The 18th May is when you’re able to register and start your application to begin your undergraduate degree in 2022 ready to submit it from September 2021.
Now while the actual date you’d be starting seems like a lifetime away - If you could call 16 months a lifetime (and a quick internet search tells me that only some rodents can). It is never too early to start taking a look at two things.
What you want to study and where you want to study it.
The two things are equally as important in your decision-making process so let’s take a look at each and what kind of questions you should be asking yourself as you begin to put together your UCAS application for next year.
University admissions are something that the majority of us would agree should be a straightforward and fair process but it isn’t always clear (and is a topic up for debate) on how fair that process is currently.
What should be considered in a university application? Well the most obvious is the grades of the applicant, a clear indication of academic ability, but is that all admissions should be judged on? After all, everyone has their own barriers to face in life. At Push we love talking about building resilience from your setbacks and using these as a positive element to your self development. The argument is that these barriers are something that should be considered by universities during admissions.
A report by the Nuffield foundation found that, selective universities are increasingly taking into account socioeconomic and educational contexts in which applicants achieved their grades but Vikki Boliver of Durham university argues that universities must be even bolder in their admissions process to ensure that students from disadvantaged and under-represented backgrounds are able to access higher education.
Happy New Year! 2021, maybe a time to finish that UCAS if you haven’t already and hopefully start receiving some offers. If you haven’t received any, don’t worry, there’s some tips for that later on in the blog. I’ll also talk a bit about the very recent situation, which has caused quite a bit of confusion, the cancellation of GCSEs and A-Levels.
The likelihood is that your uni application is done and dusted. In which case… well done! The UCAS process is hard work, let alone doing it during a global pandemic. Put on top of that all the frustrations caused by multiple lockdowns and you’ve definitely got something to be proud of.
I’m sure you get told time and time again, but it has been a mentally and emotionally challenging time so being proud of what you have achieved so far, however small, is the least you can do for yourself. Yes, Shakespeare wrote an entire play during his lockdown in the plague, but, unfortunately, we can’t all be a world famous playwright… so writing a personal statement and sending it off to universities is a perfectly good achievement.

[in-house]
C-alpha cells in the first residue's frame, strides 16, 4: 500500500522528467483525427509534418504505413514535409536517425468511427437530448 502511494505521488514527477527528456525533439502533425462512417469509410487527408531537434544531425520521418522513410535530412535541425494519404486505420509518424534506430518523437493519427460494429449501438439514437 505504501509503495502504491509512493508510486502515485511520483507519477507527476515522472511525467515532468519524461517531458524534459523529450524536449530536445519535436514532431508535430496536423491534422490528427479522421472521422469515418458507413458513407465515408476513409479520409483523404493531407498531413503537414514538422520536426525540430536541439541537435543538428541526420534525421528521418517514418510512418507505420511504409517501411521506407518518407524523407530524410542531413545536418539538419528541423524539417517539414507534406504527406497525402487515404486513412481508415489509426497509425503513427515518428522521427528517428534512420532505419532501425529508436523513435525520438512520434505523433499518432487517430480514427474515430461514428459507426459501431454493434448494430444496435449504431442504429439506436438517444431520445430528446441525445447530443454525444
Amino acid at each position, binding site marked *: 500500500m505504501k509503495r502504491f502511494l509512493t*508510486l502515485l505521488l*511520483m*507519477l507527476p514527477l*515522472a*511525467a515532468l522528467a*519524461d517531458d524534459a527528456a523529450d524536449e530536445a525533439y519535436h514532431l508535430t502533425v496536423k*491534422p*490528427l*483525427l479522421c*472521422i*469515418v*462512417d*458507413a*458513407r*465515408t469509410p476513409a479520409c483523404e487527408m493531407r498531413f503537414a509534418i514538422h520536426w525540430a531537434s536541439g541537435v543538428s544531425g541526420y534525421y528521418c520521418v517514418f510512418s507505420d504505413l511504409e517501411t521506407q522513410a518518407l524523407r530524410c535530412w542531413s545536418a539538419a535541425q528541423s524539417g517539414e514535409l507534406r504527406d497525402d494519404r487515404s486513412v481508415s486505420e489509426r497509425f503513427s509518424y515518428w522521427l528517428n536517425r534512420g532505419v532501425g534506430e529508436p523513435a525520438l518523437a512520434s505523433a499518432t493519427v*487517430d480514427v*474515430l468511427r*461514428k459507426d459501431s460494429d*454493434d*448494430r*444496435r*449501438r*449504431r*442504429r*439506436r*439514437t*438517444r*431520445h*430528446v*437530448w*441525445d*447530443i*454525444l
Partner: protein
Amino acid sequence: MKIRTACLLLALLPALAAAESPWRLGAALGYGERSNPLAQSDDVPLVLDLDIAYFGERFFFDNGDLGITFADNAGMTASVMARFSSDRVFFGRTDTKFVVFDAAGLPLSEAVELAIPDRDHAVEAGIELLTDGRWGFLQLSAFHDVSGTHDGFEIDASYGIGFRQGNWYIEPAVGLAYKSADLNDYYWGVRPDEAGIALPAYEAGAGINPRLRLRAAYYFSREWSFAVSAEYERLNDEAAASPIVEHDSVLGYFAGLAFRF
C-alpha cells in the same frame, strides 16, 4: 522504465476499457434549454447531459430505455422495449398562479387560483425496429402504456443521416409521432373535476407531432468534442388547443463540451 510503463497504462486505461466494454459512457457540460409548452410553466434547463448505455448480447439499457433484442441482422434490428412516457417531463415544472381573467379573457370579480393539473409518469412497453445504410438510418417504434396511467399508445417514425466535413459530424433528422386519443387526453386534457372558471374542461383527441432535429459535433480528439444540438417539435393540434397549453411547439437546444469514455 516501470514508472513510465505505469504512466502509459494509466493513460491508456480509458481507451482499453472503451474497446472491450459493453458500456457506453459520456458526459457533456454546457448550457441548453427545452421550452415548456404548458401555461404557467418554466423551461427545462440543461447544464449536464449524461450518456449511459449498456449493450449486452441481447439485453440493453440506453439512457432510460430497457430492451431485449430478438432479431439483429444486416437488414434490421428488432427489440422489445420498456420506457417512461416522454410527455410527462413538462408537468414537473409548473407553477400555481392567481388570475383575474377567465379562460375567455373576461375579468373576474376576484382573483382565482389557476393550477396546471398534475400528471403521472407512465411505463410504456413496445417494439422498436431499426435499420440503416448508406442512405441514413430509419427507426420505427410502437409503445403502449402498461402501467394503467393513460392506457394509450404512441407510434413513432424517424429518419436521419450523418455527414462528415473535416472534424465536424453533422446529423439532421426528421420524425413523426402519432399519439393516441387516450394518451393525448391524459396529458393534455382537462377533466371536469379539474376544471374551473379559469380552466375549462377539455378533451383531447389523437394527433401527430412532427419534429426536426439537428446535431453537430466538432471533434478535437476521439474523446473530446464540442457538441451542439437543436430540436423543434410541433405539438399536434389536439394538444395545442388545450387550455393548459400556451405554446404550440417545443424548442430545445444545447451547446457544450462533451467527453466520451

A recent BBC study found that the least likely group to go to university is currently white males from low-income families. Only 26% of students from low-income backgrounds have gone on to higher education this year, only half of them were white British males.
October 15th is the deadline for applications to Oxford, Cambridge, medicine, dentistry and veterinary science courses. This is not a seriously-ill-line or near-death-line, it is a deadline.
If you miss it, you'll have to wait a year to apply again. If you’re thinking about applying to these courses I’m sure you’re already done most of the legwork for your application. If you're not ready yet, then switch off your phone, dust off your laptop and let your mum know she’s on coffee duty for the next 24 hours solid
You'd be forgiven for thinking that with around a year to go until your first application deadline looms, you've got time to perfect your Beyonce dance routine. While this is a perfectly legitimate leisure activity and will look fierce when you whip it out at parties, choosing a uni is much easier if you take the time to do it right
If you’re thinking of going to uni in September 2021 but you haven’t thought about which unis you're going to apply to yet: You’d better level up and get going.
You’ve got until mid-January to complete your application for most courses, but Oxbridge, medicine and veterinary courses have deadlines that are less than a month away (October 15th).
Is it time to start thinking about which university you might want to go to?
Well fear no more!
Over the past few months we’ve had a go at making a handy map for you that outlines as many universities in the UK that we could throw our hat at.
Click here to have a look at the list of universities on offer with links to their location, websites and a little of our honest Push info too.
If you’re part of a university or college that isn’t on the map and would like to be included. Please email at firstname.lastname@example.org and we can get it added to the map.